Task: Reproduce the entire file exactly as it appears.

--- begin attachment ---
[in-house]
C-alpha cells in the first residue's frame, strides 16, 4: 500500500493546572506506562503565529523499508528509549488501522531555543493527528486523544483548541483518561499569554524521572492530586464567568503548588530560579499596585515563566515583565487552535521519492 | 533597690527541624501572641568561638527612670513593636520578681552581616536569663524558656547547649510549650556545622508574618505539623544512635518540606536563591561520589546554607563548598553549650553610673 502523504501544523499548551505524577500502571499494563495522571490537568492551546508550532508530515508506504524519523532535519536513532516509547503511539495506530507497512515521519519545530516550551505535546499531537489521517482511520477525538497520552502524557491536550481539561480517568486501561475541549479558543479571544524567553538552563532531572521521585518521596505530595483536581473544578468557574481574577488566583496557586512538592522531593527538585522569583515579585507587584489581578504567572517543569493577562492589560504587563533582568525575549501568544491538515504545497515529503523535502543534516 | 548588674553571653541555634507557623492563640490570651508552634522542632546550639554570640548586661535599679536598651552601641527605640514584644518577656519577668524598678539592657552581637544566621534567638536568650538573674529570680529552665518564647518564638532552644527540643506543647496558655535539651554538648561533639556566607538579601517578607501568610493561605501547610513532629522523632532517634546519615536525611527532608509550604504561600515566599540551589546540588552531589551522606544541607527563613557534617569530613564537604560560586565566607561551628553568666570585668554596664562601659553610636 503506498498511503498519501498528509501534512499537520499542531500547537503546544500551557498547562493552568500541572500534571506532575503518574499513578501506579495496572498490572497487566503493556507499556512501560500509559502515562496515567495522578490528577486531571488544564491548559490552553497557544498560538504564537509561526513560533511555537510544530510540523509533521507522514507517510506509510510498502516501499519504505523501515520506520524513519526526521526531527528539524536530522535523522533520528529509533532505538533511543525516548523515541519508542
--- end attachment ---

[in-house]
C-alpha cells in the first residue's frame, strides 16, 4: 500500500493546572506506562503565529523499508528509549488501522531555543493527528486523544483548541483518561499569554524521572492530586464567568503548588530560579499596585515563566515583565487552535521519492 | 533597690527541624501572641568561638527612670513593636520578681552581616536569663524558656547547649510549650556545622508574618505539623544512635518540606536563591561520589546554607563548598553549650553610673 502523504501544523499548551505524577500502571499494563495522571490537568492551546508550532508530515508506504524519523532535519536513532516509547503511539495506530507497512515521519519545530516550551505535546499531537489521517482511520477525538497520552502524557491536550481539561480517568486501561475541549479558543479571544524567553538552563532531572521521585518521596505530595483536581473544578468557574481574577488566583496557586512538592522531593527538585522569583515579585507587584489581578504567572517543569493577562492589560504587563533582568525575549501568544491538515504545497515529503523535502543534516 | 548588674553571653541555634507557623492563640490570651508552634522542632546550639554570640548586661535599679536598651552601641527605640514584644518577656519577668524598678539592657552581637544566621534567638536568650538573674529570680529552665518564647518564638532552644527540643506543647496558655535539651554538648561533639556566607538579601517578607501568610493561605501547610513532629522523632532517634546519615536525611527532608509550604504561600515566599540551589546540588552531589551522606544541607527563613557534617569530613564537604560560586565566607561551628553568666570585668554596664562601659553610636 503506498498511503498519501498528509501534512499537520499542531500547537503546544500551557498547562493552568500541572500534571506532575503518574499513578501506579495496572498490572497487566503493556507499556512501560500509559502515562496515567495522578490528577486531571488544564491548559490552553497557544498560538504564537509561526513560533511555537510544530510540523509533521507522514507517510506509510510498502516501499519504505523501515520506520524513519526526521526531527528539524536530522535523522533520528529509533532505538533511543525516548523515541519508542